At a party the other night I met the girl who was first on the scene when I was hit by a car biking in July. She witnessed it all and pulled over to hold my hand and comfort me as I slipped in and out of consciousness before the paramedics arrived. She’s one of my only memories of that crazy experience – I saw the car, I saw her blond hair leaning over me, and then I woke up in the emergency room.
It’s a hard thing, not remembering a moment in your life when everything shifted. “I’ll see you at 6:45″ I texted Jessie, as I slipped two PBRs into my backpack and left the house. The traffic was heavy on Oak Street and I stood with my bike on Lyon waiting for the light to change, taking a moment to pause and tighten my helmet.
I was running a little late, I thought – though actually we would have had time. I was thinking about Market Street and how difficult rush hour would be today, wondering if Jessie would like my weekly Wednesday night ride, looking forward to seeing the sunset from the edge of Land’s End. The light through Divisadero was green ahead of me, and I coasted down the bike lane, keeping an eye on the cars to the left. They moved forward and for a moment it was just me and an empty intersection, a green light and a best friend waiting for me, a group of cyclists gathering at the other end of San Francisco.
And then there it was – a black SUV in my peripheral vision. It sped up fast in the left lane and swung right without using its indicator or merging into the bike lane. I remember having a stomach-dropping feeling of fear and then nothing.
According to the police report, I flew 25 feet over the car after hitting it. The front of my bike accordioned and slid under the car’s wheel. I flew past two lanes of traffic and a median and landed on my face and my right side. I still don’t know if I blacked out when I hit the car or the street, but either way by the time Mary got to me I was unconscious and was bleeding heavily from my forehead.
Driving behind me on Oak Street she hadn’t actually seen the accident, but heard it. When she saw me lying on the ground she pulled over. No one was doing anything, standing on the street corners. “Did you call the police?” she asked someone. A cyclist pulled up with EMT training, and another guy rushed over and started taking off my backpack. As I came to I had no idea what happened, and kept repeating that I didn’t have health insurance. Her blond hair was framed by the bright sunlight and I blacked out again until I was being loaded into the ambulance, and the pain of my shattered elbow shook me awake.
Jessie, waiting for me, got worried. She’d met up with the group of cyclists, who hadn’t seen me either. Finally the paramedics picked up my cellphone, told her I was okay, and she, Matt and Brian biked to the hospital to take me out for a beer. It took them a while to track me down, as I couldn’t remember my name and was registered as Trauma November. I kept asking for the blonde paramedic and no one knew who I was talking about. I spent 3 days in the hospital hooked up to monitors and IV tubes and listening to the fireworks exploding in the Mission. It was July 4th.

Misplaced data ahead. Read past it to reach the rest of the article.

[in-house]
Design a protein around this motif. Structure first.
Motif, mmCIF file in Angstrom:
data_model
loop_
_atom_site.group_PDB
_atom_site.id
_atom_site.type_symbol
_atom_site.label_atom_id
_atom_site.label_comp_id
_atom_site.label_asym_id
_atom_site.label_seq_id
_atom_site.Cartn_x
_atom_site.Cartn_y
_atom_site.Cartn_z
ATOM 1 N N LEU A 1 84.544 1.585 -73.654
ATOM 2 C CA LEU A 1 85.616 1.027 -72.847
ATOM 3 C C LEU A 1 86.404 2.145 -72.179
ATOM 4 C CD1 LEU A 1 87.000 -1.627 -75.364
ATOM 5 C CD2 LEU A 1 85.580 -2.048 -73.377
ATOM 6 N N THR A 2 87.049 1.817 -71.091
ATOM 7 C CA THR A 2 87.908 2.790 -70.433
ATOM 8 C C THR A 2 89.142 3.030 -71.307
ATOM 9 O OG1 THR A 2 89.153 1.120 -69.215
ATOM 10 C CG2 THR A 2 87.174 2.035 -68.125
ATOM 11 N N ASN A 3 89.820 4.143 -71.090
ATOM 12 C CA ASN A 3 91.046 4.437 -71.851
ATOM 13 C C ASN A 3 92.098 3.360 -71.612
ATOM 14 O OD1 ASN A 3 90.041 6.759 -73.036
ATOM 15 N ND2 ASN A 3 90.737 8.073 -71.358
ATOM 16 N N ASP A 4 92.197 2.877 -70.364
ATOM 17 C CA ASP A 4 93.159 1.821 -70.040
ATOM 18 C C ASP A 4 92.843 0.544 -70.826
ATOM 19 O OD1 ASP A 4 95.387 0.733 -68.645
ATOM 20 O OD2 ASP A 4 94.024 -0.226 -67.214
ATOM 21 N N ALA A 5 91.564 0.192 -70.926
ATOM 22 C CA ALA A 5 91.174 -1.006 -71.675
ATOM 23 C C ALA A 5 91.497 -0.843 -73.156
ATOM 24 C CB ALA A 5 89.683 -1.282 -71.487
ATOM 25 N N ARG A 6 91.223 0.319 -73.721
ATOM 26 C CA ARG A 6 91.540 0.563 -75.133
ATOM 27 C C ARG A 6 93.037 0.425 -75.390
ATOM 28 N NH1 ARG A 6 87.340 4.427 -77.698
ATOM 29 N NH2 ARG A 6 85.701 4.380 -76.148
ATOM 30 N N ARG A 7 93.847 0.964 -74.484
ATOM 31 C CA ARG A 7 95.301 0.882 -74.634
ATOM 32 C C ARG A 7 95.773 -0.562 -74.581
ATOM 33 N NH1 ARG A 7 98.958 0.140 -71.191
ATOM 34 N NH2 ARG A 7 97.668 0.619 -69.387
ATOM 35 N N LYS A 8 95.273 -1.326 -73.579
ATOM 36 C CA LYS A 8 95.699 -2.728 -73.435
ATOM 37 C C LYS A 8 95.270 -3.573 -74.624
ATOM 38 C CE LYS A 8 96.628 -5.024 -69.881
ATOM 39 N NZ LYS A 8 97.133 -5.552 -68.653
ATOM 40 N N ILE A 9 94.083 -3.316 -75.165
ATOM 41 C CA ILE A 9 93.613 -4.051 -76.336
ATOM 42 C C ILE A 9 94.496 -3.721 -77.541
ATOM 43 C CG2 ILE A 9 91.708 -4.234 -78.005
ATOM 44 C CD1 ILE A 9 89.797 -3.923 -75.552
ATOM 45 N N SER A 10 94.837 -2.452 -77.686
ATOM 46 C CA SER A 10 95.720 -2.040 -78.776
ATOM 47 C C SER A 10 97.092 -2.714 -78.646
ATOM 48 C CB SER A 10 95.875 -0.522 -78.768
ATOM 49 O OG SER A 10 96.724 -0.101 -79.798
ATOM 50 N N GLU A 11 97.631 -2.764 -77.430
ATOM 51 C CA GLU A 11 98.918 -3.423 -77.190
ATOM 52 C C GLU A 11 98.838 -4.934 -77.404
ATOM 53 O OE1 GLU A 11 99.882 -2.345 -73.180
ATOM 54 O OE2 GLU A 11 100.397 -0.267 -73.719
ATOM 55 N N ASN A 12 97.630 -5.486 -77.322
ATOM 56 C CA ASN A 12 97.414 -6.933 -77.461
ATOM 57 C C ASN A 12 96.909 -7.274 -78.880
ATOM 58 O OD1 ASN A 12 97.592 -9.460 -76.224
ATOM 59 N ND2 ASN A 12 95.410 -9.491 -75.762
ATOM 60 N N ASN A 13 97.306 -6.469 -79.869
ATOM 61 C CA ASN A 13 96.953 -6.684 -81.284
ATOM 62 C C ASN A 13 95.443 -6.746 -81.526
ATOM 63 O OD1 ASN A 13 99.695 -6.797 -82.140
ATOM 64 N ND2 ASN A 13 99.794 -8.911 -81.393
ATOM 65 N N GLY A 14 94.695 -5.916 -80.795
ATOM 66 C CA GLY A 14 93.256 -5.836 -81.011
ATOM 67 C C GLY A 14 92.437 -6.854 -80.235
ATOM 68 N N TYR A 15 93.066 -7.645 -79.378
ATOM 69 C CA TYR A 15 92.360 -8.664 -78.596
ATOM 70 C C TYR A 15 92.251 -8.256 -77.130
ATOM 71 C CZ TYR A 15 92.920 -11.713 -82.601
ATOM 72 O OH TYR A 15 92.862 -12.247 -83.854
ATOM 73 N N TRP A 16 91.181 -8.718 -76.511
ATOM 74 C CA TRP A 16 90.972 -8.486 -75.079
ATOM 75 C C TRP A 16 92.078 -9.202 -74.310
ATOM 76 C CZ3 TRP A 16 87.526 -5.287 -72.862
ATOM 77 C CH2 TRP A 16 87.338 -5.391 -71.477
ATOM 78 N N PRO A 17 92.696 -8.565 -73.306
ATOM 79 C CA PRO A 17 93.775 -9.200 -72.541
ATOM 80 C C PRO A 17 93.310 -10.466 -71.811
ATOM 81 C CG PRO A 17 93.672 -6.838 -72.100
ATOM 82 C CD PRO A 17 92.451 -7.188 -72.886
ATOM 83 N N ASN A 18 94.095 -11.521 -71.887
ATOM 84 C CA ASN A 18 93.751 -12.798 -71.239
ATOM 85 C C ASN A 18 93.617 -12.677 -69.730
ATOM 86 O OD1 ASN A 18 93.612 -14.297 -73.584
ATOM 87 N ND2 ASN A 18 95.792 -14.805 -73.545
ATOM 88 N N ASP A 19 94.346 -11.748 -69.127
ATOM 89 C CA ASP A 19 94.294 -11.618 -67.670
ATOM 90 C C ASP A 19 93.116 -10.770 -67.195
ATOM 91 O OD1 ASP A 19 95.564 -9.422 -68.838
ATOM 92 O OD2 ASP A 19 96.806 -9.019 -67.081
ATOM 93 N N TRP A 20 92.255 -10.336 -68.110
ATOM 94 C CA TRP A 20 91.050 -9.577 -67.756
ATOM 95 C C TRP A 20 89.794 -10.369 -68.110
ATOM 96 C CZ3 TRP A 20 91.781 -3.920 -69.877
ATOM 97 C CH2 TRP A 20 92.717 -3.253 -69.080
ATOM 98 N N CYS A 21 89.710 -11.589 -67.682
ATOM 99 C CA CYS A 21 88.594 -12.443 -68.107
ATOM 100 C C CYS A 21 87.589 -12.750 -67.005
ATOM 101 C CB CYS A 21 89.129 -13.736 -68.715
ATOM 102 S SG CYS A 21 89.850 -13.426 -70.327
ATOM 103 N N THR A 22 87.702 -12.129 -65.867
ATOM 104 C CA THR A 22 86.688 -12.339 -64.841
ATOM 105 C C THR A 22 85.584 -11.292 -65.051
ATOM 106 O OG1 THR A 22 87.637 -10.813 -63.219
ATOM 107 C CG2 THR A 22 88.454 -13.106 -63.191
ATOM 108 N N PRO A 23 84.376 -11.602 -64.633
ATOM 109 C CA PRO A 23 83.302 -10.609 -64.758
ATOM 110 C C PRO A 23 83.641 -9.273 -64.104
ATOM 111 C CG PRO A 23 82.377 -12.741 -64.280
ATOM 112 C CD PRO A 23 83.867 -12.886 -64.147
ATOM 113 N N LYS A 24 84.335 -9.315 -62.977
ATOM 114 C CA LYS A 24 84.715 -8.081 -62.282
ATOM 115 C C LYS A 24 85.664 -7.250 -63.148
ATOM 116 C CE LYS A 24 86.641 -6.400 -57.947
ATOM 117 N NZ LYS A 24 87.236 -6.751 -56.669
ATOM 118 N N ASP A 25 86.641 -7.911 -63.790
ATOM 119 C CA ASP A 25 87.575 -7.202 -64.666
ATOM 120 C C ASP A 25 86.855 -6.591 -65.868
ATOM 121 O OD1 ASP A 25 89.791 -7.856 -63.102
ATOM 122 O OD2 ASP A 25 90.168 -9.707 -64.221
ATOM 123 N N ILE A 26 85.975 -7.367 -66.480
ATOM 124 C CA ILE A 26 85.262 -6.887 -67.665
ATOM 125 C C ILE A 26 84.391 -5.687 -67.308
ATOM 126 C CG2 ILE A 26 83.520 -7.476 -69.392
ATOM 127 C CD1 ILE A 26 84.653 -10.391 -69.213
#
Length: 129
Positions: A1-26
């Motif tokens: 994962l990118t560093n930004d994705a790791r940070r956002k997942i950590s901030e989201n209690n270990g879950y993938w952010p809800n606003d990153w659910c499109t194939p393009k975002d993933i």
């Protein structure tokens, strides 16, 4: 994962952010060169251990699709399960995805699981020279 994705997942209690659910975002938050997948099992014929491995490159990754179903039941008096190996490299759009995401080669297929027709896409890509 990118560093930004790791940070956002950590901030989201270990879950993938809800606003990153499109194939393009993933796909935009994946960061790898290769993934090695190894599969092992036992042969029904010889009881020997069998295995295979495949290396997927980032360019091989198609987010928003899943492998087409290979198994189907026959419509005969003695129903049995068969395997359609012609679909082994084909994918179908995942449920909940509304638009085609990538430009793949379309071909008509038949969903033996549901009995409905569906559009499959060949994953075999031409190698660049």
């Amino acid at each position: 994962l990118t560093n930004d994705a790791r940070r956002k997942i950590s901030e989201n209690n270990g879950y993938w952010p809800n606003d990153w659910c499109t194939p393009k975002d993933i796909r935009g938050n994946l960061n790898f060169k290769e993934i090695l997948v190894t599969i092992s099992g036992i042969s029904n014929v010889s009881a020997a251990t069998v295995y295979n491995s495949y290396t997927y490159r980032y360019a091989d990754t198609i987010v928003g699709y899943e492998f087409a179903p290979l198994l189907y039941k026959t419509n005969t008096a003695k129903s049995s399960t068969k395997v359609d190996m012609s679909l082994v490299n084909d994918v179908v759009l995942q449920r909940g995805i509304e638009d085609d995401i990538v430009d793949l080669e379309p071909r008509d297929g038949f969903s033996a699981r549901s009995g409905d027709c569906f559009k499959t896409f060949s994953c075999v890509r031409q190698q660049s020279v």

While I lay in the hospital Matt went out at a bar with a friend, who’d brought someone along who just moved to town. “I saw the most horrific bike accident the other day” she mentioned. “My friend Nuala was in one too”, he said. They compared notes and a photo – and there she was – my “blonde paramedic”. I was on so much morphine when he told me this story that I laughed it off. What a small city! And a good story. But it wasn’t over.
Three facial fractures, stitches, a lacerated liver, and a shattered elbow. I had surgery, I healed, I laughed about it, I went to physical therapy 3 days a week for four months. I got back on my bike. And yet – every month or so I’d pull up that police report and try to remember what happened.
And then, Matt’s birthday happened. Two days before the end of 2013 I’m drinking a beer in his kitchen and in walks a blonde woman. “You know who that is, right?” asked Jessie. “It’s Mary.”
And so I got to shake her hand, and I remembered what it felt like in mine as I lay shattered and terrified in the middle of the street. And she filled in the pieces I don’t remember. And told me how scared she was, how she wanted to find out so badly what had happened to me. And when we hugged I burst into tears, right there in the kitchen, surrounded by cute bike messengers on my friend’s birthday. Crying because I had a little more clarity which I’d so desperately needed. Because there I was – whole again, having biked 203 miles that week.
I cried for days afterwards, at the drop of a hat. I couldn’t stop – good happy deep tears. And then I realized – I hadn’t once cried about the accident. I cried in pain, I cried when my friends cried because I felt so bad for them seeing me beaten, stitched and bruised. I cried at the look on my mom’s face when she walked into my hospital room after flying across the country. But I never once cried for how fucking hard it was, how far this accident has reached itself into all the different pockets of my life, how broke and sore and stressed it has made me. And yet oh – how strong! Because when something bad happens in front of me – as it does, in a city – I will not stand on street corners. I will hold a hand, I will wait until help arrives, I will worry and I will be there. And maybe in some weird twisted piece of fate that’s why all of this happened.